When regular citizens receive traffic tickets incorrectly, they can contest their charges in court. While the court could still find them guilty, the prosecutor or judge may dismiss the case, reduce the charges and fines, or the case could go to trial and result in a not guilty verdict. In these cases, no points are charged to the citizen’s driver’s license.
Things are different for holders of a commercial drivers license (CDL), where points are placed on their license before a court hearing. Additionally, those points remain on the CDL unless the driver or motor carrier affirmatively submits evidence to the state in a separate proceeding proving the ticket was dismissed. Even then, the points may not be removed. That is the reality facing truckers under Compliance Safety Accountability (CSA). CSA analyzes safety-based violations and attaches a percentage score to the driver/carrier. A low score is supposed to correlate to the safety record of drivers or carriers. Therefore, it is important to strive to have the lowest possible CSA score.
The DataQs system is an electronic means for filing concerns about federal and state data released to the public by the Federal Motor Carrier Safety Administration (FMCSA). Any user, including motor carriers, drivers, and even the general public, can submit a request for data review using the DataQs system. Interested parties can register via the FMCSA portal or through the DataQs system directly.
DataQ requests require filling out simple forms with information from the relevant report, such as the report number, date and time of event, state, and an explanation for why the data should be changed. Filers may also submit documentation to support the request. All information is routed to the organization responsible for the data. Electronic correspondence is used to communicate with the requestor when additional information is needed. DataQs is open to the public and the website provides an online help function to walk users through the process.
If one believes that information on the FMCSA websites (SMS, FMCSA Portal, MCMIS, etc.) is incorrect, they should “DataQ” immediately and submit evidence supporting the contention that the data is flawed. Challenging violations found during a roadside inspection should be done only after careful documentation and review of the situation. Claimants should investigate, verify, and submit evidence supporting their position courteously and professionally. Clear photos and statements can help substantiate a challenge.
The DataQs system is an online method for drivers and carriers to appeal charges that will negatively affect their CSA scores. The information entered is known as a Request for Data Review (RDR). Data eligible for challenges include crash data, roadside inspections and specific tickets issued to drivers. These challenges can be filed by either a driver or a carrier.
A CSA score is comprised of data reported to the FMCSA through federal and state agencies. Typically, data regarding crash accidents and roadside inspections are reported by the states. As a result, the majority of DataQs challenges are reviewed by analysts from the state that issued the citation. Once the state makes a final determination, the FMCSA cannot overturn it without the state’s consent. This leaves open the possibility of discrepancies of challenges by states.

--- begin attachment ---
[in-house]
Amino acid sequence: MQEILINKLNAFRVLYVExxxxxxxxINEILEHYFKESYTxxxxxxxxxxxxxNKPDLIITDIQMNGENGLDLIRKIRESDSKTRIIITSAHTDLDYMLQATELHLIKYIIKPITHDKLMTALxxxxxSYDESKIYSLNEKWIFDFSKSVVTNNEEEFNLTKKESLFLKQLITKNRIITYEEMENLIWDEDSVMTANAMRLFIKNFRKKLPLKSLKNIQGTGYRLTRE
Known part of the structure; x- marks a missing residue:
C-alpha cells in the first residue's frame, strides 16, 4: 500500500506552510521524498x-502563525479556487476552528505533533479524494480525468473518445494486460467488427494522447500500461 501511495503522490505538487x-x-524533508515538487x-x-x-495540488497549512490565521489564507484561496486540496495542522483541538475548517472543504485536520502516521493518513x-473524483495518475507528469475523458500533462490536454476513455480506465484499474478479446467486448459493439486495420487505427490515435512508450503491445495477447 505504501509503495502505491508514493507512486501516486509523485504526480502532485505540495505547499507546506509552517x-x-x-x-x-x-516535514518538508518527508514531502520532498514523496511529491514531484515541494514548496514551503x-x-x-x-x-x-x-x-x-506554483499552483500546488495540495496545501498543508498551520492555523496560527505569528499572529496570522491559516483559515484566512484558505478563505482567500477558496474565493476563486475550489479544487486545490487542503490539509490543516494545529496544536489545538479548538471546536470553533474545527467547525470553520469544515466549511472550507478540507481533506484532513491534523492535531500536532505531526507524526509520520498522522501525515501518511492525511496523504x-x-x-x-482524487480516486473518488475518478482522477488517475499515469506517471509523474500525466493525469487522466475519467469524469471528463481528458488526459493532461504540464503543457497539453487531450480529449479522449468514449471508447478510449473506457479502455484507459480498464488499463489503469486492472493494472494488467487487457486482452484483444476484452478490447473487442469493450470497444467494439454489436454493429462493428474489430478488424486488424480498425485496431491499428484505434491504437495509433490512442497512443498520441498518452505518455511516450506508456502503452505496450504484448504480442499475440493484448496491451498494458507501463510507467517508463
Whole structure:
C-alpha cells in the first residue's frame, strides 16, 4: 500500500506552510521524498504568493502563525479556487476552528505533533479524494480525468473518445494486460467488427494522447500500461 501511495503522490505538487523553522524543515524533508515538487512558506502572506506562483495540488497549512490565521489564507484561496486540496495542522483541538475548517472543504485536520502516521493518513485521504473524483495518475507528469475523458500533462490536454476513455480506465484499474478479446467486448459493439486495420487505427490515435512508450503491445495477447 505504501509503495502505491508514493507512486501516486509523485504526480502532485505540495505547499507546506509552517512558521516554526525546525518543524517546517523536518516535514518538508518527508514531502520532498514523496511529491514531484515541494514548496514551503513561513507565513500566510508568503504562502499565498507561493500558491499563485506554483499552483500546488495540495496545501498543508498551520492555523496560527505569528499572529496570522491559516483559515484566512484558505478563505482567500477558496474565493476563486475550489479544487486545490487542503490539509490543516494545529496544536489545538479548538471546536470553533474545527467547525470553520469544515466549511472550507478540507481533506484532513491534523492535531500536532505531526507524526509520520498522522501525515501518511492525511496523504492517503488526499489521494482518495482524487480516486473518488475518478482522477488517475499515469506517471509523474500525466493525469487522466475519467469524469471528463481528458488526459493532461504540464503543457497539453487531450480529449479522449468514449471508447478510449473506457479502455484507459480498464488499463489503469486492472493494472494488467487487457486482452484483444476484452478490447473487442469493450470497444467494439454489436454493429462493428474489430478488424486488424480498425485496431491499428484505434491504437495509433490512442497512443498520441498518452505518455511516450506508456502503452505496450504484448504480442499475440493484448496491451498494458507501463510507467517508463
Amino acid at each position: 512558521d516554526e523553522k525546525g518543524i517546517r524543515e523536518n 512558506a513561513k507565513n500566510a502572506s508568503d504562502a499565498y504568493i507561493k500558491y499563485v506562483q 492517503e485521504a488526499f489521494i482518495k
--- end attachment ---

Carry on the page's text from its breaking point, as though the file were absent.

Consider the return polices of different retail stores. Some accept returns without much consideration while others are very strict. The same applies to states reviewing challenges. Some states are more liberal than others. There are no federal standards for states to follow.
Examples of things to submit to challenge DataQs (This list is neither comprehensive nor a guarantee that your submission will be approved.)
- Either the truck, driver or both are not related to the carrier
- Driver’s name, CDL, CDL state, DOB is incorrect
- A different violation is listed with the FMCSA than is listed on the roadside inspection
- An inspection or crash has been duplicated on the federal register.
- If a ticket has been thrown out of court, it may be possible to have the violation removed
- If a violation has been mis-coded (say the inspection lists “393.24(d) – Improper head/auxiliary/fog lamp aiming” a 6-point violation VS. “392.33 – Improper required lamps” a 2-point violation.)
- A tow-away in a crash for a vehicle that was drivable but the driver not available.
It is important to be selective about DataQs challenges. Throwing everything at the system and hoping something sticks is not likely to be a successful strategy. All DataQ challenges are reviewed by individuals and not computers. Petitioners should make their best case, submit substantiation for their position, be courteous, and accept the outcome resolutely. It’s a flawed system. There are often discrepancies in the process and the likelihood of success is not guaranteed. But, until the system can be improved, it is the system within which the commercial transportation industry must operate.
Members are advised to look for the MTAC training calendar for an upcoming training seminar regarding the process. This program will be presented by the appropriate personnel from the Connecticut DMV Commercial Motor Vehicle Division familiar with and responsible for the DataQs function in this state.